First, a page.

BWW Review: Imaginations Soar in Pipeline-Collective's Staging of Keith Bunin's THE WORLD OVER
Once upon a time, there was a country that only existed for one brief day and there was a man named Adam, who was determined to return to his long-lost homeland who held the key to its ephemeral history. Adam's tale - filled with adventure and intrigue, with larger than life-sized characters and one epic quest after another - provides the basis for Keith Bunin's imaginative fantasy that deftly blends comedy and drama in The World Over, now onstage through July 27 in a fanciful production (the company's ninth) from Pipeline-Collective.
Directed with a rapier-sharp wit and whip-smart focus by David Ian Lee, The World Over features delightful performances from a well-cast ensemble of seven Nashville actors (with one particularly noteworthy personality providing the voice for a Gryphon) who are obviously having the time of their lives as they bring the story of Adam to vivid life. Featuring elements of The Odyssey, along with a pastiche from various Shakespearean romances and even Biblical stories, The World Over's complex plot seems an ideal diversion for audiences of all ages. Clearly, Adam's adventures provide its audiences much to consider long after the actors leave the sandbox in which they have played (in senses both literal and figurative) for two-and-a-half hours and the illuminating Taylor E. Thomas-designed lights have been dimmed.
Bunin's play is at once whimsical yet overly earnest - a blending of light and dark elements that is certain to captivate, even if the storytelling seems a tad overly long by the middle of act two when audiences might beg Adam to get it over with already. Yet the emotional payoff of the play and the explanation for how a country could exist for a scant 24 hours (if that) may be enough to keep audiences engaged throughout the frivolity and foolishness that ensues amid the dramatic twists and turns of Bunin's fantastical plot.
At curtain's rise, we find ourselves in the midst of a scholarly presentation in which we are promised the answer to the query of how a country could have existed for only a day. Instantly, the playwright and the director whisk away their audience away on an adventure that could only be spoiled by a lengthier explanation in a review of The World Over. Suffice it to say that Adam's trek to the four corners of the world is one of heroic proportions and his journey is a tumultuous one filled with pirates and seafarers, nomadic existences on barren landscapes and down-to-earth intrigues that allow you to feel sand between your toes. While the drama can sometimes border on the histrionic and the comedy on the farcical, there remains about The World Over a sense of the authentic that allows every audience member to derive their own meaning from witnessing what Adam must endure in his quest to find his way back home.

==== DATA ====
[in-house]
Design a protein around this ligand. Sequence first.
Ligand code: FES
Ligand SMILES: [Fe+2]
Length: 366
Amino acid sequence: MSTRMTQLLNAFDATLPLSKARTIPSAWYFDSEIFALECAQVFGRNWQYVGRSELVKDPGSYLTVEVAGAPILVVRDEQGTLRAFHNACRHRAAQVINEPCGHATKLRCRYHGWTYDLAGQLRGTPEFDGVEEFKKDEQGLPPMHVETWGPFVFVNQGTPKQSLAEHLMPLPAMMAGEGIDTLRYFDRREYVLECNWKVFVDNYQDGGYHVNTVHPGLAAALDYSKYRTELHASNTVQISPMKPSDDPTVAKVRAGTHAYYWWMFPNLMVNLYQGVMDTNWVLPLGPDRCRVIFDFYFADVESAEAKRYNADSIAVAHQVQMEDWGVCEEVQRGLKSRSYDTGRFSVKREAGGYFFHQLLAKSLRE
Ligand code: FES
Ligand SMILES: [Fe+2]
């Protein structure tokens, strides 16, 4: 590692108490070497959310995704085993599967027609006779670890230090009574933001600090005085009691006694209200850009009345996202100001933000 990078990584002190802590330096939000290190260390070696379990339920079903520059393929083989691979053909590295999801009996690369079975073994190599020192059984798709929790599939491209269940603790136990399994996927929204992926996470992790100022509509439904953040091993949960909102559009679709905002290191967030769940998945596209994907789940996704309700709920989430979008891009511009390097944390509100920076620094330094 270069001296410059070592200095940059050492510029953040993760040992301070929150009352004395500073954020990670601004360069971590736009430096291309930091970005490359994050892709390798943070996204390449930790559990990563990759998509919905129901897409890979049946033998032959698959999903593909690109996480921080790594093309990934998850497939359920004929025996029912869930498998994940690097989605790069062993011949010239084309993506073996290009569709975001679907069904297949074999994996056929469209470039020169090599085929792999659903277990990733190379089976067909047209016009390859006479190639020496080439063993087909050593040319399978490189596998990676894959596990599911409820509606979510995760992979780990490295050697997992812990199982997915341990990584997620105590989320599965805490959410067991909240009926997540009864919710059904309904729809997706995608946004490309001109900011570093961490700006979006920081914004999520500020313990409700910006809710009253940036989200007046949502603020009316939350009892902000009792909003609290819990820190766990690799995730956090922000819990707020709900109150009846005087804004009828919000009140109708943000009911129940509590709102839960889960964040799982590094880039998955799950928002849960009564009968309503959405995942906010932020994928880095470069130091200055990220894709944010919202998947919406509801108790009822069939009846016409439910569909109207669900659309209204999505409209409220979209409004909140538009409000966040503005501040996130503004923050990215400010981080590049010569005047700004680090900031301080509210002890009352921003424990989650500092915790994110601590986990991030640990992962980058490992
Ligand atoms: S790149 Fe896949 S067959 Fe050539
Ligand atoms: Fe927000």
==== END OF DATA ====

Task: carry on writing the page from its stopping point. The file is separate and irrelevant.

And it is the search for meaning in a place called home - which for Adam has only existed in the furthest recesses of his memory - that anchors The World Over in our reality, even as Bunin's cleverly constructed script prompts the imagination to take wing. Adam's search for home reflects our own need to find our place in the universe and to connect to something greater than ourselves, to give meaning to our existence.
Heading Lee's versatile and committed cast is DeYonte Jenkins as Adam, who delivers a startling performance - one that guarantees all eyes are riveted upon him throughout the play. He is given superb support from the remainder of Lee's ensemble, each of whom play a variety of roles in the story during which time takes on new meaning as Adam lurches from one travail to the next. Jonah M. Jackson, Sarah Zanotti and David Torres-Fuentes are given the opportunity to put their full slate of onstage talents on display throughout the play, while Nikkita Staggs, Garris Wimmer and Megan Utech (finally given a role that allows her to soar theatrically beyond what's been required of her previously) provide something of a master class in acting while becoming a wide range of personages that populate the world Adam discovers.
Finally, Nan Gurley makes a cameo appearance, if you will, as the Gryphon with aplomb.
Thomas' scenic, lighting and sound design creates a fantastical world out of whole cloth, it would seem, while Allison Hearn's costumes seem perfectly styled for the myriad characters in Bunin's fantasy.
The World Over. By Keith Bunin. Directed by David Ian Lee. Presented by Pipeline-Collective. At Belmont University's Black Box Theatre, Nashville. Through July 27. For details, go to www.pipeline-collective.com. Running time: 2 hours, 30 minutes (with a 15-minute intermission).